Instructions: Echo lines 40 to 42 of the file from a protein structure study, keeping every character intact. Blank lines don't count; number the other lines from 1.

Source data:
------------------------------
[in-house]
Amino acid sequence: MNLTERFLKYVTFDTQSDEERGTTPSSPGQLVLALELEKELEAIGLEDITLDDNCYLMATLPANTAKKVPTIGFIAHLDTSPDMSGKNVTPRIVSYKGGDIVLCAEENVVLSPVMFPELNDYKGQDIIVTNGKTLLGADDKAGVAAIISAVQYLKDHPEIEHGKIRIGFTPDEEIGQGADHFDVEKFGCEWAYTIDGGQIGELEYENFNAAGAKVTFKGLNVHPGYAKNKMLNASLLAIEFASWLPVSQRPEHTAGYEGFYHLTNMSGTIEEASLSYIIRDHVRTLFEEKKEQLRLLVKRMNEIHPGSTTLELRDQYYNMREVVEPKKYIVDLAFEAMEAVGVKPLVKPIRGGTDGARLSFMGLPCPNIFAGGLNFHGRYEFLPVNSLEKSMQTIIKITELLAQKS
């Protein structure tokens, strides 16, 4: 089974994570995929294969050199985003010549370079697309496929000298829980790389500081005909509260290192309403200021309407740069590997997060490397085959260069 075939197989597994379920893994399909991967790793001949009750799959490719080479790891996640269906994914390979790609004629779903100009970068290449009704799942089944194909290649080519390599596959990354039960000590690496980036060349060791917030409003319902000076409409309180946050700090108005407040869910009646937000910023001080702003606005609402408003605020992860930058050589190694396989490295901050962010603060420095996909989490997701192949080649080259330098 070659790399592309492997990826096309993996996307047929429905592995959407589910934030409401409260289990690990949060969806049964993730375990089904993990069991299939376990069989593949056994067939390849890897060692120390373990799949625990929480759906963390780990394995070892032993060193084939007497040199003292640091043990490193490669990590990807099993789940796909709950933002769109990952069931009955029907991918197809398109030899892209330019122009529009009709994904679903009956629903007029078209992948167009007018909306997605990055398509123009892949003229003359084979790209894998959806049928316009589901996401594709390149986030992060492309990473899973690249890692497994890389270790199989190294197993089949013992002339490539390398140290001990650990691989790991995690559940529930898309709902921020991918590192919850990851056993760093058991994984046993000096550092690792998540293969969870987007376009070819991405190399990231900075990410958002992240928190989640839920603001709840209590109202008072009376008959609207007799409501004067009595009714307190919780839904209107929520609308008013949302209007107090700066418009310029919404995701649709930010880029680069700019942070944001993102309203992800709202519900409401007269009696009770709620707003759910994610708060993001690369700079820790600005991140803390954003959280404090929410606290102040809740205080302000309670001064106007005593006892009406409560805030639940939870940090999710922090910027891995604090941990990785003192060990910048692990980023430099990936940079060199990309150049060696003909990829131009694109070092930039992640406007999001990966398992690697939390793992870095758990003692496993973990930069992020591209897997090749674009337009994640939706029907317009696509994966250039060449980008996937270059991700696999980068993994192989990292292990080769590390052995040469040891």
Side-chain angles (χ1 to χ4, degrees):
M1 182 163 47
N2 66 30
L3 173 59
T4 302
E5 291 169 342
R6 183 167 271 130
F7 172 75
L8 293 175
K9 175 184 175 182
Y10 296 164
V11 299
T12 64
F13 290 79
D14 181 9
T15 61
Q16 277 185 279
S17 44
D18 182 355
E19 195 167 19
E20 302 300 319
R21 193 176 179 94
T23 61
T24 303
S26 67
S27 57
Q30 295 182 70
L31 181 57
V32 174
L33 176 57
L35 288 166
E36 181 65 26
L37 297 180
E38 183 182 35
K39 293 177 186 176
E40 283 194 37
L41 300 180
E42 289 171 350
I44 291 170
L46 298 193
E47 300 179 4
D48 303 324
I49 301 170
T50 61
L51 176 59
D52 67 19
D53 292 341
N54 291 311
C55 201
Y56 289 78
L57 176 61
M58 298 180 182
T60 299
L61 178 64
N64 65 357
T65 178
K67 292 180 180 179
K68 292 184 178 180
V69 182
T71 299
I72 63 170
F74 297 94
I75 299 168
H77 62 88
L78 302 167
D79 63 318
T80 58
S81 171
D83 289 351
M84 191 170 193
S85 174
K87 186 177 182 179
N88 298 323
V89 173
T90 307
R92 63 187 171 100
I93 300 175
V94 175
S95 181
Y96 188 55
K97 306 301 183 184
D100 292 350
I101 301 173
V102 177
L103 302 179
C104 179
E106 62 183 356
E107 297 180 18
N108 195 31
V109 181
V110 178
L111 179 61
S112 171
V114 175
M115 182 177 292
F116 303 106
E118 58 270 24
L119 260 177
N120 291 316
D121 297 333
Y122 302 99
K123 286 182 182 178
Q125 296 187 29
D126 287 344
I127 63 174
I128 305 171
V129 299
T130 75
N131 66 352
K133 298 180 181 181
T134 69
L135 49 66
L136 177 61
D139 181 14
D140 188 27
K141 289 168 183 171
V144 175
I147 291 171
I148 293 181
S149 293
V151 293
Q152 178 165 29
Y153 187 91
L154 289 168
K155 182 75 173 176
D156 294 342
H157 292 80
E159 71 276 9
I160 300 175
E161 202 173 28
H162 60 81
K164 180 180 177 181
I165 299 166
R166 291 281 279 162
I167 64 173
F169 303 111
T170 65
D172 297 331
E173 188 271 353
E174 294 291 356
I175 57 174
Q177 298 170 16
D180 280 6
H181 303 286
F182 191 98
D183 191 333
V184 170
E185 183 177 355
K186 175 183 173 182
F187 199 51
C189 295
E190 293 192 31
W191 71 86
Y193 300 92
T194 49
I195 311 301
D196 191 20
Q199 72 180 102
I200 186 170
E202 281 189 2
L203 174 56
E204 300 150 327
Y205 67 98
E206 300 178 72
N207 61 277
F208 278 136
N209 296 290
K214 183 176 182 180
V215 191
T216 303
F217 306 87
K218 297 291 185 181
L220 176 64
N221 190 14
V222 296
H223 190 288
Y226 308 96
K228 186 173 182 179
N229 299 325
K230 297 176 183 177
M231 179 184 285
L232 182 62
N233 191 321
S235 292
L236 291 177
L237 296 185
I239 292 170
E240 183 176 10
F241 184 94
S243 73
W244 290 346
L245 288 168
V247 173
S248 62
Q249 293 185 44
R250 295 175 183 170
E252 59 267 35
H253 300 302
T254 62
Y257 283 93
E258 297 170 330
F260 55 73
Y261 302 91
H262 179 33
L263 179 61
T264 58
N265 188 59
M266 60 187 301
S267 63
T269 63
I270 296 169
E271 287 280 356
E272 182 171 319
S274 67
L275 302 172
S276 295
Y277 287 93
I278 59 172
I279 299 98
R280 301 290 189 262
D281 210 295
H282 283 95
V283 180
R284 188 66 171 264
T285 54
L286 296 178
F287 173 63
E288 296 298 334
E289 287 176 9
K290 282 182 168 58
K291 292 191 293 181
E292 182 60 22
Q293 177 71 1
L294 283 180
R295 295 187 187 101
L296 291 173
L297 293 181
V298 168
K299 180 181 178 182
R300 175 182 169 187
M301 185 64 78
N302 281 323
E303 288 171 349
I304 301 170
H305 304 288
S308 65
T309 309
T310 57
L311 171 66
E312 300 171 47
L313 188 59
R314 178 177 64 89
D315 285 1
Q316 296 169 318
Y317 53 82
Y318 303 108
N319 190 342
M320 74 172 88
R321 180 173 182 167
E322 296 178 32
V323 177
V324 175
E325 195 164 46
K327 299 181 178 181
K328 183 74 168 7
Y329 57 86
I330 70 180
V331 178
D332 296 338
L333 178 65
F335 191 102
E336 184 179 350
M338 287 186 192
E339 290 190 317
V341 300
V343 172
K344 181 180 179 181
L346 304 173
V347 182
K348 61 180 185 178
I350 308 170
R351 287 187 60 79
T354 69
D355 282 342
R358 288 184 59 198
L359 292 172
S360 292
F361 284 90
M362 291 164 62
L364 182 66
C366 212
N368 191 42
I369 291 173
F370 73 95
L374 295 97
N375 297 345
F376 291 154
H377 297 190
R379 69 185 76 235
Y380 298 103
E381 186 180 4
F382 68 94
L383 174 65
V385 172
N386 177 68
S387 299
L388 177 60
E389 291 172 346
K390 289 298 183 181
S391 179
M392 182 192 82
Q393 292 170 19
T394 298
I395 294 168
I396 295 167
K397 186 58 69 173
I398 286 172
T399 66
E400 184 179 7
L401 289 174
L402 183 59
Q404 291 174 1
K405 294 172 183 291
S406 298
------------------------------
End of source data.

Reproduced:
L41 300 180
E42 289 171 350
I44 291 170